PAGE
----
Impressively, compared with much of modern history (remember the German states spent most of the 1870’s in one bloody war after another) the transition to imperial rule was relatively peaceful. Some Tokugawa-era samurai administrators were happy to continue in some imperial equivalent. However, the transition was not in any way altogether smooth, either. The largest, most threatening, and famous uprising was the Satsuma Rebellion (1877), in which powerful clans from the south, initially supportive of the change of government, began to realize their best interests might not be represented by the new regime. Their uprising managed to effectively threaten the new government (though not for long). However, as opposed to some popular lore, they did not eschew modern or Western-type weapons. Woodblock prints from the period show the rebels armed with both rifles and cannons.
However, a year earlier, in 1876, a small group of men from Kumamoto, in the Southern Island of Kyushu, known as the Shin’puren, were convinced that the gods would deliver Japan from Western influence, using them as the instrument. They did stay with traditional weapons and tactics, shunning anything of Western origin, even if it was made in Japan. Their first, and only, engagement was against the Kumamoto garrison of the Imperial Army. Taking the place by surprise, at night, the warriors were able to rout better-armed soldiers, setting fire to the barracks. The small band of about 200 rebels managed to kill 300 peasant conscripts before commanders managed to rally the remaining troops, who opened fire. Those of the rebels who survived the onslaught killed themselves rather than be taken alive. Though their sacrifice was essentially senseless, they provided inspiration for the better armed and organized Satsuma Rebellion the following year (Keene 2002: 263-265).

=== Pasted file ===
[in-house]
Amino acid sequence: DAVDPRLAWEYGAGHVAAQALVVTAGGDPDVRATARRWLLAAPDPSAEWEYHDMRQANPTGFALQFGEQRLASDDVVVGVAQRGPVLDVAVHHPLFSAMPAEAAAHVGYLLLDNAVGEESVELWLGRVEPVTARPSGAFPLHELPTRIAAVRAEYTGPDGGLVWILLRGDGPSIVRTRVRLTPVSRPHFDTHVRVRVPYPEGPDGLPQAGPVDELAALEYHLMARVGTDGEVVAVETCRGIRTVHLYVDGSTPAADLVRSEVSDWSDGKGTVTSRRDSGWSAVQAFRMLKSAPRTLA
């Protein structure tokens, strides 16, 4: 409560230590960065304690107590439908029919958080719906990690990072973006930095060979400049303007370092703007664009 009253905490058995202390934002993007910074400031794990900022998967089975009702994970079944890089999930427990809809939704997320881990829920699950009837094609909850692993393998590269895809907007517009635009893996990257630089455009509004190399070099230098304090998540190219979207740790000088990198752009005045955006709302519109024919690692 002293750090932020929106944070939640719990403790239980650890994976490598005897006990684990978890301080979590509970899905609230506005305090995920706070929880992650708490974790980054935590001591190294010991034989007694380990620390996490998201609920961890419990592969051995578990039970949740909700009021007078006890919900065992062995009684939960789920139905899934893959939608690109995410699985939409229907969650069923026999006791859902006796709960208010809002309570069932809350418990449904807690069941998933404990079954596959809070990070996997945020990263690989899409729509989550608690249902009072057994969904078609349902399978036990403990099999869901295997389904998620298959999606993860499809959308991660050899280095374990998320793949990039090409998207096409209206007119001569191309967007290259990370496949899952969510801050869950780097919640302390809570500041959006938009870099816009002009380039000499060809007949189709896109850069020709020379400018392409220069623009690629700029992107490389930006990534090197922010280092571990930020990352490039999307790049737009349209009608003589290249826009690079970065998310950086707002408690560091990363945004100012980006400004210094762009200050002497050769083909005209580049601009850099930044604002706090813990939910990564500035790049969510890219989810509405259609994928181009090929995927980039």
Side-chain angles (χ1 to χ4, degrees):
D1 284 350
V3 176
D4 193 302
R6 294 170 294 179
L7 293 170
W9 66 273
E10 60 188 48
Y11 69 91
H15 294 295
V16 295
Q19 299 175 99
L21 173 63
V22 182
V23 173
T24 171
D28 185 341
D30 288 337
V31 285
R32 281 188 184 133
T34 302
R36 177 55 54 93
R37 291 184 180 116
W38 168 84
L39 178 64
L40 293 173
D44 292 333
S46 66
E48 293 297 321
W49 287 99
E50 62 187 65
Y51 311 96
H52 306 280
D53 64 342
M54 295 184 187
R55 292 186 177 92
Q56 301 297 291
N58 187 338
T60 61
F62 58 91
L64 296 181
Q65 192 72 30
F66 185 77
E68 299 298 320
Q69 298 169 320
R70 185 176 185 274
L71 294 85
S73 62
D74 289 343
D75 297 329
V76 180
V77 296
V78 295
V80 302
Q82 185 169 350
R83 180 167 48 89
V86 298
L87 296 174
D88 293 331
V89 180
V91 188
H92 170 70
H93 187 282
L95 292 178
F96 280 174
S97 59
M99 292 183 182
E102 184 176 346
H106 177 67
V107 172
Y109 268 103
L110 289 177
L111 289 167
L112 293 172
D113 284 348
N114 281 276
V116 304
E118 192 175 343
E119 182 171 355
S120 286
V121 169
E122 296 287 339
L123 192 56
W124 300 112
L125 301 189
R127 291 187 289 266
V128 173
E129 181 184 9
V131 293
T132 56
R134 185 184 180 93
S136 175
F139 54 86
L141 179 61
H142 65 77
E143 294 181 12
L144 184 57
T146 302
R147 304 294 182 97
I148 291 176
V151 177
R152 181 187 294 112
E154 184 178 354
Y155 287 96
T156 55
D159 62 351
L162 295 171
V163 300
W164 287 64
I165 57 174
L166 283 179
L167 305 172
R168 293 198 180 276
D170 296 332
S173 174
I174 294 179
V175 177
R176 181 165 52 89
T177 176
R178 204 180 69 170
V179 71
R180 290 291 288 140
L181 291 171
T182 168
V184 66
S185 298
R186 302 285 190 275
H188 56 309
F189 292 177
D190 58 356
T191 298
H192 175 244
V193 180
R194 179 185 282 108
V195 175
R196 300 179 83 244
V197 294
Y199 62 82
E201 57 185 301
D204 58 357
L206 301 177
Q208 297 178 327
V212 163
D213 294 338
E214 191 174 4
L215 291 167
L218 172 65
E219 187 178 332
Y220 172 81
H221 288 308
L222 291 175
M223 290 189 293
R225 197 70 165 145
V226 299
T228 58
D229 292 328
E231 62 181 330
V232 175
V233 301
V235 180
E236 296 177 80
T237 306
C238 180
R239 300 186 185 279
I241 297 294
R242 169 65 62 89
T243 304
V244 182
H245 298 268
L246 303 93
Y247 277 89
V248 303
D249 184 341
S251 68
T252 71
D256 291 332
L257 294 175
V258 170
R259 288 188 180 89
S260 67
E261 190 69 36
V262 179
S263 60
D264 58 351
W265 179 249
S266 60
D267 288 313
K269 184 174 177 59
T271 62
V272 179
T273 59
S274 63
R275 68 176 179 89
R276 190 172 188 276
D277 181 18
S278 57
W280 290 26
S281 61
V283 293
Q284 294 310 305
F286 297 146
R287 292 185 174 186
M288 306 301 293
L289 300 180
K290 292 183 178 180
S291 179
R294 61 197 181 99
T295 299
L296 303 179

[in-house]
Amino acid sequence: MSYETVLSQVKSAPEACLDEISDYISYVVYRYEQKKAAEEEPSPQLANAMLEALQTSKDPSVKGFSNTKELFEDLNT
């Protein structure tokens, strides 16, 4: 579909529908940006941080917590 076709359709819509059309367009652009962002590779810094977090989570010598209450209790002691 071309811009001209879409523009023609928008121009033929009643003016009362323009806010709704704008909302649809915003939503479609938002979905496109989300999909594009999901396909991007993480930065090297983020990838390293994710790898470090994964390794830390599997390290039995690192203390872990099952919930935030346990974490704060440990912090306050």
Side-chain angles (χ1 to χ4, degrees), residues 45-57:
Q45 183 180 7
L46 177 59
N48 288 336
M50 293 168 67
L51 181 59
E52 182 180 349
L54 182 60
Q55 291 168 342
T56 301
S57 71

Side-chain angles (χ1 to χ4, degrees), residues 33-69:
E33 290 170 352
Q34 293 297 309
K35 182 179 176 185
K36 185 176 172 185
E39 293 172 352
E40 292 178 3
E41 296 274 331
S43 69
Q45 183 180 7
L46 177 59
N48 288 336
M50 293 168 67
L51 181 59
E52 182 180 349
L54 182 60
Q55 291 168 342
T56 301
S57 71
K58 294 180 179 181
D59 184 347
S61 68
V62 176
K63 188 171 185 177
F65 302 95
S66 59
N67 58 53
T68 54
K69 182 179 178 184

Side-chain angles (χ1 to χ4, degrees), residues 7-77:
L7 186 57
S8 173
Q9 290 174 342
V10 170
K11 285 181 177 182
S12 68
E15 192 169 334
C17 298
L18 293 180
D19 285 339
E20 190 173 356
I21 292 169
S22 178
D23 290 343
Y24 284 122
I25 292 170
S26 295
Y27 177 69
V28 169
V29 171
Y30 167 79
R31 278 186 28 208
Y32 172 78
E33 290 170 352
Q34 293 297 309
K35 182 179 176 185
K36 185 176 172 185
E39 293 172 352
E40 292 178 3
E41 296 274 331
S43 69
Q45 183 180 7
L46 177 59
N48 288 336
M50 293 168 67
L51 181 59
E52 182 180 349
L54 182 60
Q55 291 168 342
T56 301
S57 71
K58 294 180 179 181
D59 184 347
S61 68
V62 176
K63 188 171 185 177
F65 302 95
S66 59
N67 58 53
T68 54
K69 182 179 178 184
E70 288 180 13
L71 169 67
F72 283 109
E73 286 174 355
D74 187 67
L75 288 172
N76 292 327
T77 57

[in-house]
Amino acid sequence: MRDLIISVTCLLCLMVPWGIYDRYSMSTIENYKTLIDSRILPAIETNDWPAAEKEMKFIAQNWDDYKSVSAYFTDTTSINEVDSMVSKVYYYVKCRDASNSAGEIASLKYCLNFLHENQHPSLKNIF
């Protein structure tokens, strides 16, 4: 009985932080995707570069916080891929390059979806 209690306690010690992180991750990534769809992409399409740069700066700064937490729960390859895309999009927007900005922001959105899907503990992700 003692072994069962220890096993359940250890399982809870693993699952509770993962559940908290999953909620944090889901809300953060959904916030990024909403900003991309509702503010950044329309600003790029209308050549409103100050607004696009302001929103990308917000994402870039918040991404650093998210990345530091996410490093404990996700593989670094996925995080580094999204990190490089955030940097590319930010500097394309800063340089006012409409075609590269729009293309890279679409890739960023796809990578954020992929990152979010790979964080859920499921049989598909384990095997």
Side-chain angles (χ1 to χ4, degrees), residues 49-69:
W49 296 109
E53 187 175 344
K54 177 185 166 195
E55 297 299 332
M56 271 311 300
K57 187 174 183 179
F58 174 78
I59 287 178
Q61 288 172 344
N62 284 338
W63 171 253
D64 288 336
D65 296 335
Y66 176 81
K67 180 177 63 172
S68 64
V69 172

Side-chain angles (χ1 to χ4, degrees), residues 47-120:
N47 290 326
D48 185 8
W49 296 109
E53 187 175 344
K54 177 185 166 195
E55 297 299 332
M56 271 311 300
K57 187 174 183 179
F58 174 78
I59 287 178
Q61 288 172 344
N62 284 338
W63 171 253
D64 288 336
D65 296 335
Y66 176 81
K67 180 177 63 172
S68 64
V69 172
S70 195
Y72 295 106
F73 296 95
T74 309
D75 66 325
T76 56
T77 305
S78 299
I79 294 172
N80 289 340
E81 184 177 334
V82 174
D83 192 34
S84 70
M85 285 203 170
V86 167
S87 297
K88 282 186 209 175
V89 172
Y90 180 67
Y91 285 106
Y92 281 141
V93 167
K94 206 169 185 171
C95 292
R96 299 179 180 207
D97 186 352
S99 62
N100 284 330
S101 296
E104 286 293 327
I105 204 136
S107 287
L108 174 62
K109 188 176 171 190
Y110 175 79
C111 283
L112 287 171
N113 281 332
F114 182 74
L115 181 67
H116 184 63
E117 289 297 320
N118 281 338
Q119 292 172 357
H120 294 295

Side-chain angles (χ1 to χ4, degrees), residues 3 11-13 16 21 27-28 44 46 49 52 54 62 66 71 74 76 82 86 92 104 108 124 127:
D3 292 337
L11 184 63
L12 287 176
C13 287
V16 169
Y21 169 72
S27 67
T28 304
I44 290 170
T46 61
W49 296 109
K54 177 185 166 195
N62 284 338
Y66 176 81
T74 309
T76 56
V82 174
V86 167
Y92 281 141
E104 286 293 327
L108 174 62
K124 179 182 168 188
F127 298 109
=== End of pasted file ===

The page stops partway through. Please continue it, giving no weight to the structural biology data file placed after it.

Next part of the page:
The Last Samurai story is drawn from bits of both the Satsuma Rebellion and the Shin’puren uprising. The character of Katsumoto is based, to a certain extent, on the real Saigo Takamori, a former advisor to the emperor, who broke with him over the “too Western” attitude of the new government. Once one of the architects of the Meiji government, he became one of the leaders of the Satsuma Rebellion. Katsumoto’s anti-western ideology is based on the philosophy of the Shin’puren. The success of Katsumoto’s men over the raw recruits in the forest is reminiscent of the Shin’puren’s surprise, initial victory. Katsumoto’s ultimate defeat and death, rather than compromise, also echoes their fate. Western military advisors did train the new Imperial Army which prevailed over both the multiple small uprisings and the much more formidable Satsuma clans.